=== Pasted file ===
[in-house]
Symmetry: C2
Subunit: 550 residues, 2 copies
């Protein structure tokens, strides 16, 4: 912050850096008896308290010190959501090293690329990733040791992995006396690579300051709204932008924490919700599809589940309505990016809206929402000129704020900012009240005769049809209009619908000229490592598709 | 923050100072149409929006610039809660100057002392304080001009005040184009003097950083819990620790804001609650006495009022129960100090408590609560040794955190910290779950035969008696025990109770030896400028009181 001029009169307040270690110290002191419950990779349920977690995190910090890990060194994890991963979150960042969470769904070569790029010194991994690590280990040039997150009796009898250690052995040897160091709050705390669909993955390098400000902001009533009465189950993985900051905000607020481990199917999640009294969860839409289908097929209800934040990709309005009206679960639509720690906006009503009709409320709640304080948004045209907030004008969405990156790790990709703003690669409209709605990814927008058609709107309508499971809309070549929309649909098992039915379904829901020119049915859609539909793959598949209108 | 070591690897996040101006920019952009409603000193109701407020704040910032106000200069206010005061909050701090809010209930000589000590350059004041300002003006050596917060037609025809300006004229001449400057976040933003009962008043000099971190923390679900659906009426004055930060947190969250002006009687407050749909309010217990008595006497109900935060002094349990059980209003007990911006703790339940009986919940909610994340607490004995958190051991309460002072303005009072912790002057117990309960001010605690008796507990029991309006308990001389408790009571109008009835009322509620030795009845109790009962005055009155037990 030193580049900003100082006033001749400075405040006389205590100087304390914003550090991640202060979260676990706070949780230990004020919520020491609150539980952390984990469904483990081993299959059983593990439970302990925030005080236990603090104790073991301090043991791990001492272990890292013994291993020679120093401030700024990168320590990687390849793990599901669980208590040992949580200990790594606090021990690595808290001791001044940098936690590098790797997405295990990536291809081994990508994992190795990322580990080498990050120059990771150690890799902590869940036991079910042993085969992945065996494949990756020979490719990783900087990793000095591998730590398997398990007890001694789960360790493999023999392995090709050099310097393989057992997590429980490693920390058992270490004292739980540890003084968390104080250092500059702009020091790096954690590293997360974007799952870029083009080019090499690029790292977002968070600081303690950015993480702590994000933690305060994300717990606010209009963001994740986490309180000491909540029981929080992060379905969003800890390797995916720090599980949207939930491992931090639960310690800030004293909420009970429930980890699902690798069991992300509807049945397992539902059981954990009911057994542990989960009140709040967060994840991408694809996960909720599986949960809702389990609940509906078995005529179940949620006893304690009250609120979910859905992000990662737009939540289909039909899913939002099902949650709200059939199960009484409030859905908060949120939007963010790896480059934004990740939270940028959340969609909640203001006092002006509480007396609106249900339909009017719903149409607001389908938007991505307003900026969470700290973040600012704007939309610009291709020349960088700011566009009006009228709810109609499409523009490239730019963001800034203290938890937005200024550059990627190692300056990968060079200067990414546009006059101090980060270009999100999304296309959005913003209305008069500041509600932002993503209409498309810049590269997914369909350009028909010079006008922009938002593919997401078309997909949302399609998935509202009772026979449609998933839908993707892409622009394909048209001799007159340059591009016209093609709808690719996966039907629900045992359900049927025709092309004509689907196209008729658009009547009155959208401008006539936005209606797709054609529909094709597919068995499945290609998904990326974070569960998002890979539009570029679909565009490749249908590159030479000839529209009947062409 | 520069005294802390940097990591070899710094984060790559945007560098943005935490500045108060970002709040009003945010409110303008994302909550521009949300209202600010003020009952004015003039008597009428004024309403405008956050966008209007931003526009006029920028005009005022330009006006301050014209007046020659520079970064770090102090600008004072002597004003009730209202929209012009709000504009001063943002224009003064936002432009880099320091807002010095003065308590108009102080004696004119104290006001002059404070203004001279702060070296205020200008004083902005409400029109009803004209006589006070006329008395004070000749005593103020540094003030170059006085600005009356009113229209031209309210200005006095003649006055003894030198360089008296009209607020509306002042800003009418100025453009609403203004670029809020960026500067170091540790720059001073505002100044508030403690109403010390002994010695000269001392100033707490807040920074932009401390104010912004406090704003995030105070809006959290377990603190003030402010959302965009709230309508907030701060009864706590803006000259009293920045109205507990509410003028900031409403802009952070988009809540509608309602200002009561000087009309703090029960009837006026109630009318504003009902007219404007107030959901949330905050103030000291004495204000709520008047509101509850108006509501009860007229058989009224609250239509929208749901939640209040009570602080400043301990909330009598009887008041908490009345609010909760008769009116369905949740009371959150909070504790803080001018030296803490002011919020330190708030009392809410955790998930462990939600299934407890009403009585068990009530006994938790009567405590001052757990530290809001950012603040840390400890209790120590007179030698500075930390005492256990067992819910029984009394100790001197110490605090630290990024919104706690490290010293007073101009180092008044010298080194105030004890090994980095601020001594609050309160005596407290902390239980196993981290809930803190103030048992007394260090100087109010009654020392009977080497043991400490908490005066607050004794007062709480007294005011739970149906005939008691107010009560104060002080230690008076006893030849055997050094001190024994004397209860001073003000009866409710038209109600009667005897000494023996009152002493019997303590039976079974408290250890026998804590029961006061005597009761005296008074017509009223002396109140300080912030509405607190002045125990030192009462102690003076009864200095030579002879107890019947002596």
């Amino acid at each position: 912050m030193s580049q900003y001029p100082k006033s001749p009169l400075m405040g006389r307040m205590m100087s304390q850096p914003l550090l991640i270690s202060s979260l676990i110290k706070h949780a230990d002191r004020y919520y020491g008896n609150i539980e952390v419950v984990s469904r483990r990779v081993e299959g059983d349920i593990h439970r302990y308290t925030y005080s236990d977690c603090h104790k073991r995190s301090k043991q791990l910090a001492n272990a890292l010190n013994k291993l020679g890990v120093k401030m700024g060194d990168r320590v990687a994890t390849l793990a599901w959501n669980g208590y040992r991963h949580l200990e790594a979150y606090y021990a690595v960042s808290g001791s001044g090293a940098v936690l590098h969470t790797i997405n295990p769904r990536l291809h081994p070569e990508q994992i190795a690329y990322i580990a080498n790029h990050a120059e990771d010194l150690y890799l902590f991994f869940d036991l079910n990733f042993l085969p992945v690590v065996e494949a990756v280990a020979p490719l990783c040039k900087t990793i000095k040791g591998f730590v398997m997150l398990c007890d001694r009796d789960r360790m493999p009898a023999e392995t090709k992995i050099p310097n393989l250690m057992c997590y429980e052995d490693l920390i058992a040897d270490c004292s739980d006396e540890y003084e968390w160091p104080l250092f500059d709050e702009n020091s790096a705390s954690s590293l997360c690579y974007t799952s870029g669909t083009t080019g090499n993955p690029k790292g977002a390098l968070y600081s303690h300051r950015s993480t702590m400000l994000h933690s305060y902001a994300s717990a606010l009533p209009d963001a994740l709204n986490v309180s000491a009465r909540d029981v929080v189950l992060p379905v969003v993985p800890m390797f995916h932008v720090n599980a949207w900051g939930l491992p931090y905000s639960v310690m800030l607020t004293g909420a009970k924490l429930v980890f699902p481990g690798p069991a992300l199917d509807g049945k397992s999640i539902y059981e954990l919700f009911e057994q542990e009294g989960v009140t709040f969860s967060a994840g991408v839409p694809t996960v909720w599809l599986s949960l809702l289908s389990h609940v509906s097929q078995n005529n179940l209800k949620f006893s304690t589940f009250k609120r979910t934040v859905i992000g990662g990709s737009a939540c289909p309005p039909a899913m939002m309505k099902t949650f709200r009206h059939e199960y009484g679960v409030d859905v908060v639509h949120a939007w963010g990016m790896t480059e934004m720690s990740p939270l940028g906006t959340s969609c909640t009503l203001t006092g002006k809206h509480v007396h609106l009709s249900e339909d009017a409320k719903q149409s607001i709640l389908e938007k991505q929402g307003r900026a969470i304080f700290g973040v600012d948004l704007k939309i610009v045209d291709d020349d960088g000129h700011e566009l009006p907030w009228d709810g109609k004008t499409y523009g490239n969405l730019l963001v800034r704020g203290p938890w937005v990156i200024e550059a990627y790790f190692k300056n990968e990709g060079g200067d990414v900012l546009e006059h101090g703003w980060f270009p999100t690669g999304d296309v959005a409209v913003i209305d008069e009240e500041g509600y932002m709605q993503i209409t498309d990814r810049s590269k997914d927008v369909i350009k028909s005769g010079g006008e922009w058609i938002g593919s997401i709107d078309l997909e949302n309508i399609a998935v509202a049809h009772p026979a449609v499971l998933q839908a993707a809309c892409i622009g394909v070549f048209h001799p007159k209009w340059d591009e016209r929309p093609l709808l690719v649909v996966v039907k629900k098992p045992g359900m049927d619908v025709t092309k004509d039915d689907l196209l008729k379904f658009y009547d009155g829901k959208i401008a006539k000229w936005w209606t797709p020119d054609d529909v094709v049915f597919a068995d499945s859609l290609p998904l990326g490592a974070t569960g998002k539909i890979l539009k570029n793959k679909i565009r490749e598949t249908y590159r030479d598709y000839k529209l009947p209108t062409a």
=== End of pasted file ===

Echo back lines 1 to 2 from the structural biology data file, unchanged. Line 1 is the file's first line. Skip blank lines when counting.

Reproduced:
[in-house]
Symmetry: C2